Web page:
Prices of gold and oil have moved in tandem in recent times. Commodity prices across the board have been going up since the announcement of QE2 by the US. However, recently, the relation between gold and oil seems to have broken away as they part in directions. Fears surrounding Euro zone and clashes in the Korean peninsula have caused investors to renew their interest in gold. However, oil prices appear to be cooling down as investors are now seeking safer investment opportunities. Today's chart of the day highlights the relationship of oil and gold prices in the recent past.

Data source: CNNfn, Kitco

As scams preoccupy news space across media, investor appetite for Indian stocks already seems to be on the decline. At such time, the scrutiny over the quality of assets in the banking sector could not be more ill timed. Thanks to greedy overtures by some banking officials, the sector is being held to ransom by investors. The RBI has never been comfortable with the sector's high exposure to real estate assets. And the latest development could ruin lending prospects to the same even further. Not to mention the thinning spreads that sector is having to contend with. Thus the time is ripe for investors to be on the lookout for some good bargains in the sector. The near term prospects for the banking sector are certainly not rosy. But it may be very opportune to buy some fundamentally strong banking companies during times of such crisis.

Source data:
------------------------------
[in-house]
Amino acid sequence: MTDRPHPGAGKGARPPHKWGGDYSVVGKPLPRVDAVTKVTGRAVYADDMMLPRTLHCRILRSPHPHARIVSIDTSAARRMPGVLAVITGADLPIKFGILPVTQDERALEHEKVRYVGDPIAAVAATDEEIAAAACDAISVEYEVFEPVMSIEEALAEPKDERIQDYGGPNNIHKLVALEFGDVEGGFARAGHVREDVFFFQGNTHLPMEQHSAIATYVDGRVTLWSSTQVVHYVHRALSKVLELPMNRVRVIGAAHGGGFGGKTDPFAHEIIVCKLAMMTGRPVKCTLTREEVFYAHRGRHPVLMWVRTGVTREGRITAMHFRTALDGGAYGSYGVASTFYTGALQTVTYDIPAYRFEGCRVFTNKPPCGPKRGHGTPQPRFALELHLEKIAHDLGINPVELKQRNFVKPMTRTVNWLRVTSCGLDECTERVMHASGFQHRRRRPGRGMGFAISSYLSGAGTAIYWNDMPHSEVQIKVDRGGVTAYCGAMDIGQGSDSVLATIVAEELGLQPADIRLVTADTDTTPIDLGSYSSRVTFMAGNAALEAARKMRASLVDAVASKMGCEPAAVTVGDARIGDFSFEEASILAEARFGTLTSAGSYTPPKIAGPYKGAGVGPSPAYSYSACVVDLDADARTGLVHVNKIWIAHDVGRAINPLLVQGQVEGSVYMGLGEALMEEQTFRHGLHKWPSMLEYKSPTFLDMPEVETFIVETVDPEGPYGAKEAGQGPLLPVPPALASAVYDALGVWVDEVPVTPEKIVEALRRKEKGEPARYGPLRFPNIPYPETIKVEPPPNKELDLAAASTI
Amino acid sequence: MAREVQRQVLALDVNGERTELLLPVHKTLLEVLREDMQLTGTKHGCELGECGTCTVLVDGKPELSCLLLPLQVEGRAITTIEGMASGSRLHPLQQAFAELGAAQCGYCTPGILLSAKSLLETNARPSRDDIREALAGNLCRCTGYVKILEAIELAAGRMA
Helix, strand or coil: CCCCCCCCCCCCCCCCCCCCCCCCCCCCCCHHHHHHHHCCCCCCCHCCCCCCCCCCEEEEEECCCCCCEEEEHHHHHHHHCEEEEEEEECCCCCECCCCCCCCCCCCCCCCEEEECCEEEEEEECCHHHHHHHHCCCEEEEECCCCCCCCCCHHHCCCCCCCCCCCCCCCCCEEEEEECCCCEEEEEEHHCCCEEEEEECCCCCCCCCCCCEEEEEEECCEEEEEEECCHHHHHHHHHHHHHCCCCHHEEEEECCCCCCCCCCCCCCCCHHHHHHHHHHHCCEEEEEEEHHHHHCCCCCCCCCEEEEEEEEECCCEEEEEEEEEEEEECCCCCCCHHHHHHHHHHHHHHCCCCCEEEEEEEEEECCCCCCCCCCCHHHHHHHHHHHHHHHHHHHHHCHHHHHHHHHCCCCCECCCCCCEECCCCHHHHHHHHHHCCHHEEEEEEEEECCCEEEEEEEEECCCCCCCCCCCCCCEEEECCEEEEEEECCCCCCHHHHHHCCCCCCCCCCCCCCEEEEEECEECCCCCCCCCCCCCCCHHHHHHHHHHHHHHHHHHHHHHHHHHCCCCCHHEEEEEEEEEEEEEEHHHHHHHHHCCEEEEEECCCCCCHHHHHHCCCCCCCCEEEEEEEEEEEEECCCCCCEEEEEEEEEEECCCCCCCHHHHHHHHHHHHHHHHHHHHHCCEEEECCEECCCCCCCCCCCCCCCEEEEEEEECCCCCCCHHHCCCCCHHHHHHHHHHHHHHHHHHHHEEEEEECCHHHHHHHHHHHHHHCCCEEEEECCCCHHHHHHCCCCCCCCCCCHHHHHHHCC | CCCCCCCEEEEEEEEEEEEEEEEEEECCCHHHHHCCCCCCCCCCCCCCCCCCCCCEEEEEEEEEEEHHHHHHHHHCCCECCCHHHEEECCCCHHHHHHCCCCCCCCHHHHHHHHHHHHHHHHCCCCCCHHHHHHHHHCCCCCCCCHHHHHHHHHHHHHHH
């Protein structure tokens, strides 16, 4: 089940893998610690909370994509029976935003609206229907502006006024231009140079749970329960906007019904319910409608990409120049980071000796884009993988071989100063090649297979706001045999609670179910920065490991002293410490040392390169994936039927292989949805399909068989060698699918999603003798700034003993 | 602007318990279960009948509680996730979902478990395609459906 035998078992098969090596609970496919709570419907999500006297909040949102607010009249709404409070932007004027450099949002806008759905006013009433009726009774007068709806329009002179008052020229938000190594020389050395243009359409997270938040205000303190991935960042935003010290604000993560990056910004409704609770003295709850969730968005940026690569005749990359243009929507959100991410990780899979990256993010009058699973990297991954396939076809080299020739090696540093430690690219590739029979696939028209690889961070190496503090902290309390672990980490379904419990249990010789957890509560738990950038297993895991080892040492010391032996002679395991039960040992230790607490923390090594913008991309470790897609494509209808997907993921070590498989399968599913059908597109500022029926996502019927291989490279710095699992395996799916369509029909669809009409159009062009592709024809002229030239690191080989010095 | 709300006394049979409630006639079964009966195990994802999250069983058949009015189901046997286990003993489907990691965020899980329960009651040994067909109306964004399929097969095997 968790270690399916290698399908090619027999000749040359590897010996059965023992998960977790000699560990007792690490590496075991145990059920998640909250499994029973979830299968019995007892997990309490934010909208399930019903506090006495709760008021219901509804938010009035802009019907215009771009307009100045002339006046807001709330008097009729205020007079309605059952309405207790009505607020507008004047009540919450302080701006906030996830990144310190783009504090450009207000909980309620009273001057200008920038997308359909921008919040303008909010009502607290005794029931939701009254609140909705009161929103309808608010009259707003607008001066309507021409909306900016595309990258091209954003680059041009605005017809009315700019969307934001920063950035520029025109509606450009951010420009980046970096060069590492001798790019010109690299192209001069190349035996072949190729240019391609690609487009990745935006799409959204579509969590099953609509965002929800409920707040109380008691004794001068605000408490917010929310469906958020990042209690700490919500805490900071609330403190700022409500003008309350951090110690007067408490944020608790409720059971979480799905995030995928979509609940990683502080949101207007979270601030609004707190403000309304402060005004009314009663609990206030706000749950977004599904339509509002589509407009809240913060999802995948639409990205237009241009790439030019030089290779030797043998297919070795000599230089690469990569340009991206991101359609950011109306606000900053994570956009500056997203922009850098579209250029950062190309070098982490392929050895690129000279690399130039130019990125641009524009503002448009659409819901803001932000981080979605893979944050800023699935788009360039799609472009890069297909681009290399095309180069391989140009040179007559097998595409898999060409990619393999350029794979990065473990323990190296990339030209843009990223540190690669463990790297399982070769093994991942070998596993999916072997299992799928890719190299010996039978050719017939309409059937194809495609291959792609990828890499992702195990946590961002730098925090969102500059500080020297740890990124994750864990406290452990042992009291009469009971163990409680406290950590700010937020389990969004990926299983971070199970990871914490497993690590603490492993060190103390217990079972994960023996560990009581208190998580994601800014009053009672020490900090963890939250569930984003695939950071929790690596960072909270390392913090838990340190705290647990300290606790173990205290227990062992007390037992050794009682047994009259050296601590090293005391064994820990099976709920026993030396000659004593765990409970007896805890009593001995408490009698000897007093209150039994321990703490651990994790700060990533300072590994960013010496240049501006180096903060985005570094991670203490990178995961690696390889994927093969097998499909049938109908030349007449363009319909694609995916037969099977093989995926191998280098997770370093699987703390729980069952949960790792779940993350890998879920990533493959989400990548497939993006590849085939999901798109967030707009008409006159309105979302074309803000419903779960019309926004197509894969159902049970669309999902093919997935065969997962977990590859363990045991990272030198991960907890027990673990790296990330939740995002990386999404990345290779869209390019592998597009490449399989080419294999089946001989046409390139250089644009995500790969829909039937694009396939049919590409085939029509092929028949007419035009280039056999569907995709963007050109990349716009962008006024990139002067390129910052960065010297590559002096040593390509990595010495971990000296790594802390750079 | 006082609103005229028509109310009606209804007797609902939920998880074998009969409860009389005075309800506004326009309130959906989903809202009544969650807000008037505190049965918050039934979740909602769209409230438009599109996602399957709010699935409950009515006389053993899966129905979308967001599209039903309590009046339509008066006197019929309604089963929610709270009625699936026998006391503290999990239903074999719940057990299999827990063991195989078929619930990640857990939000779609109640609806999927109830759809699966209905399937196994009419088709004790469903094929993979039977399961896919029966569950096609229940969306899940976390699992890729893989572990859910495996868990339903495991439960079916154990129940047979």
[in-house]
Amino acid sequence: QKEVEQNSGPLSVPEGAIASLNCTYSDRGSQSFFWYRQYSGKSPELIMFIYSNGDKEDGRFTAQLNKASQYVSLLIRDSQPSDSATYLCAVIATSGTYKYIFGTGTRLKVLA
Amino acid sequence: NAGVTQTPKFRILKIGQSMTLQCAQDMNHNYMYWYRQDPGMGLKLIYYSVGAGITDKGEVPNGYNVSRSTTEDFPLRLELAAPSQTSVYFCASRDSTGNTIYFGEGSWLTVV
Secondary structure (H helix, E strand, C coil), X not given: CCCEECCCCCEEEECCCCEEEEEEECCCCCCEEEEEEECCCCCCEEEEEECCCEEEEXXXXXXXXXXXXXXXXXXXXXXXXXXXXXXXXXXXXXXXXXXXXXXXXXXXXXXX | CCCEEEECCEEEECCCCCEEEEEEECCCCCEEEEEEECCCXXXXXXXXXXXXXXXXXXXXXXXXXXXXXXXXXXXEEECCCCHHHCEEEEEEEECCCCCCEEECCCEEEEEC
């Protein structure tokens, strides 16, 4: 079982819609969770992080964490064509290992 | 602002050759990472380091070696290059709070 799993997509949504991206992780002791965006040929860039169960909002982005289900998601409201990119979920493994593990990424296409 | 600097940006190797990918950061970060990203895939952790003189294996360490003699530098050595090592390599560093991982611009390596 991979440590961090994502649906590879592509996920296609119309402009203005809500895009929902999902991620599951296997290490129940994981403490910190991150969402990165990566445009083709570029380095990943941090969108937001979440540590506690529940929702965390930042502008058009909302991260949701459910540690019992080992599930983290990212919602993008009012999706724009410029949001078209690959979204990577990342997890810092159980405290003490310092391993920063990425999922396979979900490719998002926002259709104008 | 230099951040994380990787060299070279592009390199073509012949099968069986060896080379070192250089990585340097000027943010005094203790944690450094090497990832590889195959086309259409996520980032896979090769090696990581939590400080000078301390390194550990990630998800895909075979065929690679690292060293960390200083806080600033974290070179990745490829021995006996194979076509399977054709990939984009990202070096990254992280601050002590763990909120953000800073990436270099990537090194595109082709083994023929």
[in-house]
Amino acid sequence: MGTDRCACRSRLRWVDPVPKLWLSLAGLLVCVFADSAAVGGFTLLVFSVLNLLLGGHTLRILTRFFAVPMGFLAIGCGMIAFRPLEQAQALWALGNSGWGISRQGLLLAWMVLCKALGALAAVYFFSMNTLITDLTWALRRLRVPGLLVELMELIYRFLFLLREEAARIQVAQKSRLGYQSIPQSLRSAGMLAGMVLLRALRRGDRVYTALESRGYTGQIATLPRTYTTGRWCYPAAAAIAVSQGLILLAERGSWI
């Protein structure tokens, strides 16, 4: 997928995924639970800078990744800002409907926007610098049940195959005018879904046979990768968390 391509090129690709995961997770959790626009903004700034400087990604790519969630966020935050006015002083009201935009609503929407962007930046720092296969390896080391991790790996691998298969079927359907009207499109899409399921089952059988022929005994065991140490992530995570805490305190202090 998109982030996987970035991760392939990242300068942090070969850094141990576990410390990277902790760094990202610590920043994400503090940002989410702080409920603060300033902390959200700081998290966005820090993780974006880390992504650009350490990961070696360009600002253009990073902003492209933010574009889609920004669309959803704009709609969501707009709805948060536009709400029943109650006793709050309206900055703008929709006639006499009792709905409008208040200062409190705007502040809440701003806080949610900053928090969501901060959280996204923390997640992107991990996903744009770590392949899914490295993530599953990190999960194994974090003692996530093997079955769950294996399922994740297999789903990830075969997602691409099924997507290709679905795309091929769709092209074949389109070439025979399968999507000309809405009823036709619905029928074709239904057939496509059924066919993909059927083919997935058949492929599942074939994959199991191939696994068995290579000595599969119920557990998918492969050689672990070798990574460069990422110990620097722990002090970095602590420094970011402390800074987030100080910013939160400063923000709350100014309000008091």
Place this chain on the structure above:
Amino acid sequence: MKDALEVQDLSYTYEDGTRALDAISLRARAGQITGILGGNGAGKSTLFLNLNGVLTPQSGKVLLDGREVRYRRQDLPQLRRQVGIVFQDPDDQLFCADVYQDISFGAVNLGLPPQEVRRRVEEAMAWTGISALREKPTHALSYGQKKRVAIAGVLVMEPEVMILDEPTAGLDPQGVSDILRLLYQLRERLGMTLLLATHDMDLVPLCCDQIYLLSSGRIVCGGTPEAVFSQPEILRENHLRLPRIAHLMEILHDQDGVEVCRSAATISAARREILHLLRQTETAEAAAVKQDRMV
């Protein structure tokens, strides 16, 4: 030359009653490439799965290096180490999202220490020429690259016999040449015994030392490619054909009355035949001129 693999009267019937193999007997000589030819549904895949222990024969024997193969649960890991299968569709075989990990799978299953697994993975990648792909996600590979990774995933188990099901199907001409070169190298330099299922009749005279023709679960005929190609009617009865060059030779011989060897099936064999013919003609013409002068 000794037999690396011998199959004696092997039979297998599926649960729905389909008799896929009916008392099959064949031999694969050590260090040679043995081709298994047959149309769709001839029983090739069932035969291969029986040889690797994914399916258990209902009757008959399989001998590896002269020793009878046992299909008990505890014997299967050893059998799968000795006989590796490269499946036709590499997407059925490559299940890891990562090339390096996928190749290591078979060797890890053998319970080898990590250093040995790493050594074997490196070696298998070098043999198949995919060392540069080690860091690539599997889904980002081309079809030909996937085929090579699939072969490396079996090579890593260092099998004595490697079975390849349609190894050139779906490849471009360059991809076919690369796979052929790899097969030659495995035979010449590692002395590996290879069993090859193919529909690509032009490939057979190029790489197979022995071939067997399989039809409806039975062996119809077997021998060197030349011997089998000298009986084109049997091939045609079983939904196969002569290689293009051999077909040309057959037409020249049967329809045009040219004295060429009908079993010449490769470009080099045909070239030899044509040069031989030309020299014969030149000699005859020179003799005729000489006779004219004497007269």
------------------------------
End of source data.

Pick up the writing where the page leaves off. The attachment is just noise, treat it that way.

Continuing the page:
After an unprecedented rise in property rates, is a pricing relief for a genuine home buyer just around the corner? Well we think so. Post the housing loan scandal finance minister Pranab Mukherjee has directed state owned banks to go in for a critical appraisal for loans above a certain threshold limit. As banks would now be more cautious in sanctioning loans to the developers the move is likely to suck out the liquidity from the sector. This may force the builders to cut prices in order to improve their cash position. Until now the builders were holding on to the prices as they were able to manage their working capital cycle through either pre-sales or bank loans. With pre-sales dying down due to high prices and banks being reluctant to lend in light of the recent ruckus we believe price correction is just around the corner. Again with borrowing rates likely to become expensive as banks would now be reluctant to lend it could prove to be a double whammy for the developers. In such a scenario releasing inventory at lower prices could be the best possible alternative and a blessing in disguise for genuine home buyers.